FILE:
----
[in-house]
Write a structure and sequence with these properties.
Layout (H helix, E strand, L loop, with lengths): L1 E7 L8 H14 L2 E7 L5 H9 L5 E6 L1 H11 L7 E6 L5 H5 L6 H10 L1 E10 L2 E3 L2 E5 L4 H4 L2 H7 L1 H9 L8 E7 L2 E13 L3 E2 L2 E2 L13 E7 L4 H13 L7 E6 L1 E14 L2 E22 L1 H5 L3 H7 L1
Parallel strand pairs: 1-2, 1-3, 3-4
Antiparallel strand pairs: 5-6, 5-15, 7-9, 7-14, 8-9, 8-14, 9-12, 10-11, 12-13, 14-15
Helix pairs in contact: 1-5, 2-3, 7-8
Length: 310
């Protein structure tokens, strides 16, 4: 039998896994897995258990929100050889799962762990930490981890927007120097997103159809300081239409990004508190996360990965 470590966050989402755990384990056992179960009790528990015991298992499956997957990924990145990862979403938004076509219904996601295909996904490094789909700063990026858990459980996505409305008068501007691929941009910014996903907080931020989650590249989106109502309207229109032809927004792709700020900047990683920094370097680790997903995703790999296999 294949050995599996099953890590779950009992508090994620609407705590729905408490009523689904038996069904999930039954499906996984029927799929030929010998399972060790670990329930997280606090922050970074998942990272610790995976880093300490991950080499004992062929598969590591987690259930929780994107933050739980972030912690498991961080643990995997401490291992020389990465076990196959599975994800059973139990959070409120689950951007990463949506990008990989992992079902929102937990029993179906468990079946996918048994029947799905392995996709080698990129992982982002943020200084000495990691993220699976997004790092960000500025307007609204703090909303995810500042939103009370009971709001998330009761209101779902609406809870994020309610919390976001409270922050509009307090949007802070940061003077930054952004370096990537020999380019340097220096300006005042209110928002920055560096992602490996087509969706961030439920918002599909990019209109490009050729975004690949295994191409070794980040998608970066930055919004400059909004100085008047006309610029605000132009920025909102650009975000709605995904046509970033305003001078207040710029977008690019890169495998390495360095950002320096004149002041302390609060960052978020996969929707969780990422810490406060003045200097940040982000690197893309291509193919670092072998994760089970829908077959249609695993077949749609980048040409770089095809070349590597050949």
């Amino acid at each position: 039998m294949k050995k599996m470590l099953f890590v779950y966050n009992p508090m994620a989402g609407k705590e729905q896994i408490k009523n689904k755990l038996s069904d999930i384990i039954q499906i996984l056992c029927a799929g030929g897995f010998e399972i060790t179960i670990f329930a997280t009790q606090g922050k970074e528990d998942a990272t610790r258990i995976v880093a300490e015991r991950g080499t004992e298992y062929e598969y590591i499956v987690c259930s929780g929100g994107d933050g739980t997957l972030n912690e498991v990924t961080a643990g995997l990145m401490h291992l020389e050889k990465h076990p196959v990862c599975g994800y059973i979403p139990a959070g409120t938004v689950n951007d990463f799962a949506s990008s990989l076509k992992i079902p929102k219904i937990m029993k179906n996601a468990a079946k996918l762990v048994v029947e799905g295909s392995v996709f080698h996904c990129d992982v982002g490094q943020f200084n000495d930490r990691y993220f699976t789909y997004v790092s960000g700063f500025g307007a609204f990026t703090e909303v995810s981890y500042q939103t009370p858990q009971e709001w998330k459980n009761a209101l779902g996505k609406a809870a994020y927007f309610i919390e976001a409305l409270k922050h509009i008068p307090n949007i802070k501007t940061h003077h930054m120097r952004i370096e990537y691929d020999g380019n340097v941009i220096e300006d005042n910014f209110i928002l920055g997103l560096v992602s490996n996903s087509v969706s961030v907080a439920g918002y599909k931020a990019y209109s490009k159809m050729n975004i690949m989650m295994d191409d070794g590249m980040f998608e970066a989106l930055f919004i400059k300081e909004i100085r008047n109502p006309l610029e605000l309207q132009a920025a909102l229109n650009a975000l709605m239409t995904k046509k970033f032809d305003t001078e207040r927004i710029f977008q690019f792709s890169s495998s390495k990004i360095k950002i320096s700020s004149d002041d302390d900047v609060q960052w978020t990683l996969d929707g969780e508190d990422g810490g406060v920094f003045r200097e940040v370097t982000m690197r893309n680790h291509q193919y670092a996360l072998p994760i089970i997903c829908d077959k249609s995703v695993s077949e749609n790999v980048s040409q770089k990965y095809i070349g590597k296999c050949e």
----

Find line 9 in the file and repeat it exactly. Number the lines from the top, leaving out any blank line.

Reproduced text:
């Amino acid at each position: 039998m294949k050995k599996m470590l099953f890590v779950y966050n009992p508090m994620a989402g609407k705590e729905q896994i408490k009523n689904k755990l038996s069904d999930i384990i039954q499906i996984l056992c029927a799929g030929g897995f010998e399972i060790t179960i670990f329930a997280t009790q606090g922050k970074e528990d998942a990272t610790r258990i995976v880093a300490e015991r991950g080499t004992e298992y062929e598969y590591i499956v987690c259930s929780g929100g994107d933050g739980t997957l972030n912690e498991v990924t961080a643990g995997l990145m401490h291992l020389e050889k990465h076990p196959v990862c599975g994800y059973i979403p139990a959070g409120t938004v689950n951007d990463f799962a949506s990008s990989l076509k992992i079902p929102k219904i937990m029993k179906n996601a468990a079946k996918l762990v048994v029947e799905g295909s392995v996709f080698h996904c990129d992982v982002g490094q943020f200084n000495d930490r990691y993220f699976t789909y997004v790092s960000g700063f500025g307007a609204f990026t703090e909303v995810s981890y500042q939103t009370p858990q009971e709001w998330k459980n009761a209101l779902g996505k609406a809870a994020y927007f309610i919390e976001a409305l409270k922050h509009i008068p307090n949007i802070k501007t940061h003077h930054m120097r952004i370096e990537y691929d020999g380019n340097v941009i220096e300006d005042n910014f209110i928002l920055g997103l560096v992602s490996n996903s087509v969706s961030v907080a439920g918002y599909k931020a990019y209109s490009k159809m050729n975004i690949m989650m295994d191409d070794g590249m980040f998608e970066a989106l930055f919004i400059k300081e909004i100085r008047n109502p006309l610029e605000l309207q132009a920025a909102l229109n650009a975000l709605m239409t995904k046509k970033f032809d305003t001078e207040r927004i710029f977008q690019f792709s890169s495998s390495k990004i360095k950002i320096s700020s004149d002041d302390d900047v609060q960052w978020t990683l996969d929707g969780e508190d990422g810490g406060v920094f003045r200097e940040v370097t982000m690197r893309n680790h291509q193919y670092a996360l072998p994760i089970i997903c829908d077959k249609s995703v695993s077949e749609n790999v980048s040409q770089k990965y095809i070349g590597k296999c050949e």